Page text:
Driven ill when Jane is older and impacts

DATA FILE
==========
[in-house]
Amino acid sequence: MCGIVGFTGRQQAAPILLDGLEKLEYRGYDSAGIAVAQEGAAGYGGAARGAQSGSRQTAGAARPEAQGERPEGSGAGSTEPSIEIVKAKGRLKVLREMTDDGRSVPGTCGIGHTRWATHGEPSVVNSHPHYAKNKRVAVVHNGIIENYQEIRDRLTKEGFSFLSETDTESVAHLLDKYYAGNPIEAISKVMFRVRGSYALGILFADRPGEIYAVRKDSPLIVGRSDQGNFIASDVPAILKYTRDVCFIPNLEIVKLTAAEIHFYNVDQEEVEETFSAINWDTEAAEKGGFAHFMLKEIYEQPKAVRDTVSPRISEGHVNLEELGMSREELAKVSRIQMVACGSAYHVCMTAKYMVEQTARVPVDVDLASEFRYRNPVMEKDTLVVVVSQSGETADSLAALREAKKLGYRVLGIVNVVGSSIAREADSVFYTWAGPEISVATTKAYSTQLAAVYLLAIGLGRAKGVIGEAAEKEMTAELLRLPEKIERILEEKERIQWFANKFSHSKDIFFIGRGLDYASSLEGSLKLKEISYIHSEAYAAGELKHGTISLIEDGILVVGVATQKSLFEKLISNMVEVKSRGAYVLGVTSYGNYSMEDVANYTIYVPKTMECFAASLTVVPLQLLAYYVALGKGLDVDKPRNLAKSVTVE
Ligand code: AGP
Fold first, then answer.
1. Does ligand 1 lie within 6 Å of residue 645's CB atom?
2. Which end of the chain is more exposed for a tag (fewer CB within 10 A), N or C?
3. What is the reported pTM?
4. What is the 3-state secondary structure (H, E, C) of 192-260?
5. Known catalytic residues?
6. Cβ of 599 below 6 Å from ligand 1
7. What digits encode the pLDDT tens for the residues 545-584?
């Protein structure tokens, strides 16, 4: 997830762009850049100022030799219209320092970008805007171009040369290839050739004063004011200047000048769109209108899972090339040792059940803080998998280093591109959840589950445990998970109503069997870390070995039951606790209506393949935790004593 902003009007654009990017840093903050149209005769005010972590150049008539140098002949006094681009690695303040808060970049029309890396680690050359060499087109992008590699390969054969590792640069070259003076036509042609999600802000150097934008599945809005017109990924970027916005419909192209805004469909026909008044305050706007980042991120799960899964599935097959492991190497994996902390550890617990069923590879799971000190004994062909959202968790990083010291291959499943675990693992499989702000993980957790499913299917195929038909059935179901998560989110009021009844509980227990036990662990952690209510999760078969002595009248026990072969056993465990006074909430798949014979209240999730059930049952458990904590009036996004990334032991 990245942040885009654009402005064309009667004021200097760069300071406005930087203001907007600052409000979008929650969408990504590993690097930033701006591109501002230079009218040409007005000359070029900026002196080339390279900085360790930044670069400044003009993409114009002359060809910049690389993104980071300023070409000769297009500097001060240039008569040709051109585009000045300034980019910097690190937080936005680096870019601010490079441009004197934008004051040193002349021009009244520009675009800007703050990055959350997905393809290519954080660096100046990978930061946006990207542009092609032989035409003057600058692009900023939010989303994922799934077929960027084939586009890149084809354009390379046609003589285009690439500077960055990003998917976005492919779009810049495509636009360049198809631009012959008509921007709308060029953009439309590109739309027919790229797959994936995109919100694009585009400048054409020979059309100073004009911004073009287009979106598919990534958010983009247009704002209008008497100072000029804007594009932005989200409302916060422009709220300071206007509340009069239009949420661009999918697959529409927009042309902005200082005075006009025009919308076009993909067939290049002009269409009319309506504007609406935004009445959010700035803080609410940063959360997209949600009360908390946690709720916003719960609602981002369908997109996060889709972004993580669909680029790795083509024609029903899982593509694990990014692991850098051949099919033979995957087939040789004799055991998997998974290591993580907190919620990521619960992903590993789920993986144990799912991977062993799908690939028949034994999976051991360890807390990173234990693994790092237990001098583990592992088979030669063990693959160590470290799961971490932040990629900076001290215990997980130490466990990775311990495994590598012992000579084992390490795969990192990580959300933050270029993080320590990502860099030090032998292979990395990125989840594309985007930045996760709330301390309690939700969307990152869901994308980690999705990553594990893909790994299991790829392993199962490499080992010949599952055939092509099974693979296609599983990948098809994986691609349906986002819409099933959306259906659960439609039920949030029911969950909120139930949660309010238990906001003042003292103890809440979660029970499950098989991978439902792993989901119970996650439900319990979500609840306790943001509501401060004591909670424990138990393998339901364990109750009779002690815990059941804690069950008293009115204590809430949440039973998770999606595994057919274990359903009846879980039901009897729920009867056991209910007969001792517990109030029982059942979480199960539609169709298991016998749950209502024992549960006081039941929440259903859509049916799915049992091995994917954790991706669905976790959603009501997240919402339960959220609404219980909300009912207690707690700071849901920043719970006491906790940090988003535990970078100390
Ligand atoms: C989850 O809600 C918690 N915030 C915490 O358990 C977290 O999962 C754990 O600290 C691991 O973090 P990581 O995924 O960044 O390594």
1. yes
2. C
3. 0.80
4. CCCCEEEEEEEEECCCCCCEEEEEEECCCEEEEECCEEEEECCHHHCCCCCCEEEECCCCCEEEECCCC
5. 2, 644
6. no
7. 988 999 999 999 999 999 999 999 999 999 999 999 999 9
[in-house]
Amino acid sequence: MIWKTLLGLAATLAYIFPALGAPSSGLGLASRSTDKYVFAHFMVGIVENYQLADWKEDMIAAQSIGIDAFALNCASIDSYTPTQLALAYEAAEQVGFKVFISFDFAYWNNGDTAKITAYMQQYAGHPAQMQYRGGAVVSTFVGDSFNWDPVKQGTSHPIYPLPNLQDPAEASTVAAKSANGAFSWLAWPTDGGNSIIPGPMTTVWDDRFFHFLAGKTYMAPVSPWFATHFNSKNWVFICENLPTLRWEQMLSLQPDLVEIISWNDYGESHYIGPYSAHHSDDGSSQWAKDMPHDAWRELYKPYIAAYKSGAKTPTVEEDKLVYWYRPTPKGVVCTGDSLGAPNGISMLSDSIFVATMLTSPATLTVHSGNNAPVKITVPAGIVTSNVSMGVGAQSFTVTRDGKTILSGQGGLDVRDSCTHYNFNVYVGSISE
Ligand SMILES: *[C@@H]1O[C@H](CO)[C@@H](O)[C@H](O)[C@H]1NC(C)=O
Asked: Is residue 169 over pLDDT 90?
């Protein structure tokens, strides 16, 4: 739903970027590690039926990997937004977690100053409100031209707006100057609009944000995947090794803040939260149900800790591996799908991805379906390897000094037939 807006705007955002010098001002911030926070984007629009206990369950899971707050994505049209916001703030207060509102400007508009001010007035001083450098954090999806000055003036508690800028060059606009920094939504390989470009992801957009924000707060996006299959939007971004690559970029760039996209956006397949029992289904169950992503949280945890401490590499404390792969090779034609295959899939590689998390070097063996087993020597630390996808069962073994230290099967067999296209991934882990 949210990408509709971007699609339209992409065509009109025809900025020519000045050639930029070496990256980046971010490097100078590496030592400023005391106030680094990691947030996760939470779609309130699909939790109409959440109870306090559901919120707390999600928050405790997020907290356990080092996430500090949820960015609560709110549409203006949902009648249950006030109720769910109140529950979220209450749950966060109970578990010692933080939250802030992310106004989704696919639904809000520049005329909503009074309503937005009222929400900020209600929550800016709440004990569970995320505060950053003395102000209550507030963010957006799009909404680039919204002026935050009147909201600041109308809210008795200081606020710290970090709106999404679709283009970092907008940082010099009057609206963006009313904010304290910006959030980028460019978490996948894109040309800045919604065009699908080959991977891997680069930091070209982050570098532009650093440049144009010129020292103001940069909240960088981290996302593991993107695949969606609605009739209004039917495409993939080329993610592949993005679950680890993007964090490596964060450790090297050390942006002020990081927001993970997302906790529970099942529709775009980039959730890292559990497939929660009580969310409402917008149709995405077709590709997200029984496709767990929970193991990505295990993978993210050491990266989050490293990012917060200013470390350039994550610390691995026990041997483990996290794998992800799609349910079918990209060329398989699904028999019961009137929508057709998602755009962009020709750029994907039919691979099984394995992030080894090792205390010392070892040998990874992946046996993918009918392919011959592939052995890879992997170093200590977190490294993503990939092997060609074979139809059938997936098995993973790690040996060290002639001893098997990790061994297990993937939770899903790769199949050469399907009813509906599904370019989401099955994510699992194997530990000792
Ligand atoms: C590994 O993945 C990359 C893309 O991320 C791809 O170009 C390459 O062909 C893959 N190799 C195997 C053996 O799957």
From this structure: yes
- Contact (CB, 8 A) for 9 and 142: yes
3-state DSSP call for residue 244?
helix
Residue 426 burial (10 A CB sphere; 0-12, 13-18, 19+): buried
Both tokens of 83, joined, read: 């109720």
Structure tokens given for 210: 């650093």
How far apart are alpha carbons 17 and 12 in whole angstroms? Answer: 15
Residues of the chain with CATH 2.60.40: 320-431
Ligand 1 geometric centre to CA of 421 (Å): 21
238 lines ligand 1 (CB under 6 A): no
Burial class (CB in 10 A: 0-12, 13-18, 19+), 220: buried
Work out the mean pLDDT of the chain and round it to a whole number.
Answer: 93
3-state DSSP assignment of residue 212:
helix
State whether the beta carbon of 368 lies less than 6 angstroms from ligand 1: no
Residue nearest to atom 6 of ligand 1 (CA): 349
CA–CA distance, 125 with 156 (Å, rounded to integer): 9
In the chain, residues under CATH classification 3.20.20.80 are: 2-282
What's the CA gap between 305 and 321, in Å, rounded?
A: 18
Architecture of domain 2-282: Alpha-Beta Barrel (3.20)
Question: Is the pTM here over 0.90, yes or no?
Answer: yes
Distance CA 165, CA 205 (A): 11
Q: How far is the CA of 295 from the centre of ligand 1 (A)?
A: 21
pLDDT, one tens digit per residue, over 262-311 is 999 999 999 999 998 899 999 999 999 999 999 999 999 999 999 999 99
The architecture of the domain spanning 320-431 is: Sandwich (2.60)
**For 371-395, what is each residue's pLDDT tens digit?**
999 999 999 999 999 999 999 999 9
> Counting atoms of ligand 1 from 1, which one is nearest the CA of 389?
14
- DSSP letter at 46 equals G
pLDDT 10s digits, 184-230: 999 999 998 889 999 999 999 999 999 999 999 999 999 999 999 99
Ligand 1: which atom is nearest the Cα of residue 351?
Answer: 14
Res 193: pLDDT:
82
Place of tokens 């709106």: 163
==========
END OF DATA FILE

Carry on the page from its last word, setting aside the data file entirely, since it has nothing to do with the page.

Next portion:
Driven by the influence of many minor characters such as Mrs. Reed and Helen, Jane, in Charlotte Bronte’s novel Jane Eyre,  has developed and grown up into the prestigious young woman she is. The overall story is about Jane progressing towards adulthood and her Bildungsroman. Starting the novel Jane is 10 years old and ending the novel she is around 18. These are the prime years of learning and developing in a person’s life and throughout them, she learned from many minor characters.First off, a childhood is very influential in the development of a person, it contributes to many of their traits as an adult. Jane’s parents died when she was very little and as a result, she was given to the Reeds, her aunt, uncle, and cousins. Jane liked Mr. Reed the best because he was the only one who treated her with kindness and appreciated her. Once he died she was left in the care of Mrs. Reed who tortured her because she wasn’t wealthy. Specifically who is caring for Jane most of the time, Mrs. Reed, doesn’t show her love and in the long run, this can be detrimental to the child. She thought she was a burden to have around and that she was a liar who deserved nothing. The only good thing that she did was send Jane to Lowood where she met another character who was detrimental to Jane’s growth as a character. These two characters, Mrs. Reed and Helen, influenced Jane, her beliefs, and even her personality traits  in unimaginable ways. Being in the care of Mrs. Reed for most of Jane’s childhood had made Jane develop some traits that she would use throughout the rest of the novel and while still in the care of Mrs. Reed. Before Mr. Reed passed, he made Mrs. Reed promise to keep Jane and take good care of her, however, she did not follow through on her promise. Mrs. Reed eventually ended up resenting Jane and as a result became a deceitful character for defying her husband’s dying wish. This inclination of Mrs. Reed to lie and be deceitful will later teach Jane to identify falsities in people and aversion to injustice. Additionally, Jane would often “wrongfully be accused of being a liar and a bad child” by Mrs. Reed (article 1). Because of this Jane had to learn to fight back and stand up for herself when wronged. Lastly, Mrs. Reed becomes ill when Jane is older and impacts her life again. Jane travels to her to get some closure with the poor old women who kept demanding to see her. She teaches Jane in the later chapters about Christian forgiveness and how important it is to not hold grudges. All throughout the story Jane was scarred by Mrs. Reed’s cruelty and always talked about hating her but she was called to see her one last time. She let go of all of her built up anger and had closure, another thing Mrs. Reed taught her.  Therefore, Mrs. Reed taught Jane important lessons before sending her off and even when she returned to her.Jane was finally granted to leave her horrid childhood to receive an education at Lowood. Here she met all new people who would change her life even more specifically she met her first best friend, Helen Burns. While in the book for only 40 pages, she imprints knowledge on Jane that she will use for the rest of her life. Helen’s stoic approach to her death “helps Jane accept hardship” (article 3). As Helen said,”sometimes you must bear the difficulties that you do not wish to bear, but sinfully think you cannot bear”. This also means that she must accept what happens and not complain about it. Additionally, Helen was also a good influence on Jane because of her spiritual strength. Janes faith will be tested and critical when Jane finds out that Mr. Rochester had a wife in the attic in a so-called insane asylum. Helens  ability to be so stoic, religious and, mature at a young age makes Jane aspire to be better. Jane entered Gateshead resenting the Reeds but upon leaving she has learned to be positive, religious and to control her feelings thanks to Helen.Along the journey of Jane’s childhood, she is influenced by Helen and Mrs. Reed and acquired traits from them that will become important in adulthood. They teach her vital lessons like standing up for yourself and being accepting. As a result, Jane’s character developed and became stronger.